Ginger, Spice and Everything KoreanColumns What's for Lunch?
September 8, 2013
Story By: Rachel Breit | Photos by: Rachel Breit
What do Jamba Juice and Korean Hibiscus BBQ have in common? A Vitamix blender.
The Vitamix, used in both restaurants and homes, is the secret ingredient that makes mouths water for favorites such as kalbi at the Korean takeout eatery.
The perfect size for lunch, the Mini Kal Bi plate ($10) includes two pieces of short ribs, hapa rice (half white, half brown) and a choice of two vegetable sides. So where does the Vitamix come into the equation?
“We grind herbs and seasonings to create the flavor, that Korean taste,” explains co-owner Raymond Kodani, who co-owns the restaurant with his wife Shirley. The industrious Vitamix breaks through the fibers of ginger to release the spice and aromatics. Onion and garlic also get in the mix. “If you don’t have enough garlic, it doesn’t have that richness of taste,” says Kodani. A bit of shoyu is added to the fresh paste, and the kalbi marinade is born. After marinating, charbroiling imparts a touch of smokiness to the short ribs.
The fresh mix also seasons the ribeye of the meat jun, but in different proportions than the kalbi. Ribeye is used in the recipe, since it is such a flavorful cut of meat. The kitchen handpicks the leanest cuts so that the jun holds its flat shape. “Meat jun is only available in Hawaii,” says Kodani. “It’s not something that came out of Korea. They have a different type of jun, it’s like a hamburger jun.”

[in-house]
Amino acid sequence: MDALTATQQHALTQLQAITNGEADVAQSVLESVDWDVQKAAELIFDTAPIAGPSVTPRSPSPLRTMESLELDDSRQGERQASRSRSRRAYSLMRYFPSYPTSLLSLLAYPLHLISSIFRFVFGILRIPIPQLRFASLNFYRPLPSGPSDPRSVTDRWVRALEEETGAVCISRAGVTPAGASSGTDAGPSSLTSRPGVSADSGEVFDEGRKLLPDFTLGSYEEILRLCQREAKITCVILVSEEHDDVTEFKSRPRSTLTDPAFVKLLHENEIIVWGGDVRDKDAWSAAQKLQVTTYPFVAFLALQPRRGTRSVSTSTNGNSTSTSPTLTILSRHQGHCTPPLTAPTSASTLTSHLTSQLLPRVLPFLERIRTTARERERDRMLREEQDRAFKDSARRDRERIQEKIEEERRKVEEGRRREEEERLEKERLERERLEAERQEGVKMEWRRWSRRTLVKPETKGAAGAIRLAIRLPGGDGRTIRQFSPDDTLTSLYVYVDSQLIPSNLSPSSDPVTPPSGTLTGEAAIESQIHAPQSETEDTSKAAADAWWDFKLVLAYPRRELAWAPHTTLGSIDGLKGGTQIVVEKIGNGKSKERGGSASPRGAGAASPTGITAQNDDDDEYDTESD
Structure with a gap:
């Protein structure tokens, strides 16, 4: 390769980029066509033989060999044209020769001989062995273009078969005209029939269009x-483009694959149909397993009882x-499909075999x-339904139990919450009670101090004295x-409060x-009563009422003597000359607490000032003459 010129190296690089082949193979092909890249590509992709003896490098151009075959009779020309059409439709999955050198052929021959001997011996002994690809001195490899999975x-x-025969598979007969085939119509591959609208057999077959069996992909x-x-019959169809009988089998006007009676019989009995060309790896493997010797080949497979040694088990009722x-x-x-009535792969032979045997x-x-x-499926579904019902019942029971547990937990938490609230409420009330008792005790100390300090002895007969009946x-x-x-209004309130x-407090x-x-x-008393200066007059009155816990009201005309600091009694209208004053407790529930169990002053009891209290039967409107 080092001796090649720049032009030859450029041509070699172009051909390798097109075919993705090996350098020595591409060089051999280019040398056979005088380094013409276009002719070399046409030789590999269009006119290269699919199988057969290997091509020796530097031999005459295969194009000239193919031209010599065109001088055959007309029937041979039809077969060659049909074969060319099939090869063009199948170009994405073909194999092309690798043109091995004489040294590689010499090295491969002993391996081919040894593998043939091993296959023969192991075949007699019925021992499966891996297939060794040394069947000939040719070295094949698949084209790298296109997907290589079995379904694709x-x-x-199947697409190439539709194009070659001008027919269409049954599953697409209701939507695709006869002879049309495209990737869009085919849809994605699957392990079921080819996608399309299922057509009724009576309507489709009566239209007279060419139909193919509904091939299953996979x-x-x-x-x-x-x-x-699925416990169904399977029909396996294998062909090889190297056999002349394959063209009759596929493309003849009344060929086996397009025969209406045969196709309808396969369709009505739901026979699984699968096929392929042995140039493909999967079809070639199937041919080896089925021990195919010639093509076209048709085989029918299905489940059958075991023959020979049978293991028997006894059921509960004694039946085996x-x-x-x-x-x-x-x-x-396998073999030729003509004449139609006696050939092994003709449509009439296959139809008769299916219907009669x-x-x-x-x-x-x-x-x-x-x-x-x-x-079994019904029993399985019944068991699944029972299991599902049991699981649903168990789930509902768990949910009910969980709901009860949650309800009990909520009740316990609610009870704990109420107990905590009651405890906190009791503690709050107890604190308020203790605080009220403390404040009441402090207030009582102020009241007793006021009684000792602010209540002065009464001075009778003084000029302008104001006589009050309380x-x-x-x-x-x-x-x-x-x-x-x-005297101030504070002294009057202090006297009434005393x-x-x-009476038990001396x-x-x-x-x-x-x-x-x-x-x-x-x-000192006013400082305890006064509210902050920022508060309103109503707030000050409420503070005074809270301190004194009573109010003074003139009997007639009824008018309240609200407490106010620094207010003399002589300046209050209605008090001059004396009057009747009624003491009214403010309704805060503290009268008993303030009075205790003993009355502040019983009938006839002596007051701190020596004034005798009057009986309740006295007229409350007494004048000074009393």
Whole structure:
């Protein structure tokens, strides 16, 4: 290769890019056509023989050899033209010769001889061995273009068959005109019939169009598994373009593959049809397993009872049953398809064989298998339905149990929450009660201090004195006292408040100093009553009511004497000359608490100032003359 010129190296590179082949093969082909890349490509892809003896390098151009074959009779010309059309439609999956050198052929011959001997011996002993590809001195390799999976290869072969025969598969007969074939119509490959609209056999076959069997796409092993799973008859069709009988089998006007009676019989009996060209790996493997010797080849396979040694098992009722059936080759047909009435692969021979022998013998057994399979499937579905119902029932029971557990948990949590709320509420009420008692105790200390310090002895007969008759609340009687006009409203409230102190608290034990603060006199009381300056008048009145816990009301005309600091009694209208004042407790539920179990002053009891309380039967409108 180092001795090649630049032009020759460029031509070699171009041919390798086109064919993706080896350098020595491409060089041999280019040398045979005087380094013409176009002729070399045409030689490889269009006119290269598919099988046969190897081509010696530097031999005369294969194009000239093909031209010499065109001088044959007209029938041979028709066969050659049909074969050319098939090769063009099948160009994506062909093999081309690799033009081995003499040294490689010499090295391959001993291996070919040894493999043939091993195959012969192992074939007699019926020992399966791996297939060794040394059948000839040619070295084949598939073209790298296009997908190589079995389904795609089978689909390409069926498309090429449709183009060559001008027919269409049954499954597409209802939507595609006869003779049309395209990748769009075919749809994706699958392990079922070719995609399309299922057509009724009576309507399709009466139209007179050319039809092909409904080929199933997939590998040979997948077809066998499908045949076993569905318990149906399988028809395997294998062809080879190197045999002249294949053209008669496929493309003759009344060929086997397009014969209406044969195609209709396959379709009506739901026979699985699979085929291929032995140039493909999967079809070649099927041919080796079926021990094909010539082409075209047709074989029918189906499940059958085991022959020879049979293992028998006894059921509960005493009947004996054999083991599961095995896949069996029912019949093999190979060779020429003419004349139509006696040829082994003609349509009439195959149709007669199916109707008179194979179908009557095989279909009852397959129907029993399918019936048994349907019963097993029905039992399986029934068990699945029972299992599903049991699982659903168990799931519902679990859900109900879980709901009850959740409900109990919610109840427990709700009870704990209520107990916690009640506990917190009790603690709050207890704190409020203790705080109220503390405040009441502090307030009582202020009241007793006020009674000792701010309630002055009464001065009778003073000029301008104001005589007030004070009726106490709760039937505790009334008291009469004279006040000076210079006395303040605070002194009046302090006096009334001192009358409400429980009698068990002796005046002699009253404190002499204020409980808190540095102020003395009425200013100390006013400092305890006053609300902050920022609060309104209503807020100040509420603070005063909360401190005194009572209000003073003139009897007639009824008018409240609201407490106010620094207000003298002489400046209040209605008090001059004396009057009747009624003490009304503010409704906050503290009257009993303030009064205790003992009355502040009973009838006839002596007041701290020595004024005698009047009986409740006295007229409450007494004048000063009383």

Fortunately, we get to enjoy this unique and delicious cuisine in Mini Meat Jun ($7.75). The meat’s marinade seeps through to the eggy layer, making dipping sauce purely optional.
The meat at Korean Hibiscus BBQ is handled with care and so are the vegetables. The vegetable sides offered with entrees inhabit a special place in the Kodani family’s hearts. The word “sides” is perhaps a misnomer, as the vegetarian offerings are anything but marginal. The time-intensive recipes that require attention to detail are a labor of love. In fact, the Kodanis’ philosophy behind their food is to cook as if they were cooking for family.
“Whatever you see here is what our grand-kids eat,” says Kodani. “We don’t eat anything different than what we serve our customers.”
One such example are the sweetened shoyu potatoes. In order to provide a healthy, mayonnaise-free alternative to potato salad, the kitchen staff slow-boils the potatoes in a shoyu broth for maximum flavor.
“It’s humbug to make,” Kodani says of preparing the dish. “It takes time. You don’t want to burn it, and you have to keep turning it and watching it.”
The 13 Korean-style vegetables and variety of entrees allow customization to satisfy every lunchtime craving. Seating is limited, so grab-and-go is the way to go, as is cash — the restaurant does not take plastic. Kodani ensures that the turn-around for walk-in orders is quick, but you can also call or fax orders in as well, especially large ones.
Korean Hibiscus BBQ
Kaimuki Shopping Center Lower level
3221 Waialae Ave.
Monday-Saturday, 10 a.m.-8:30 p.m.
Sunday, 10 a.m.-7 p.m.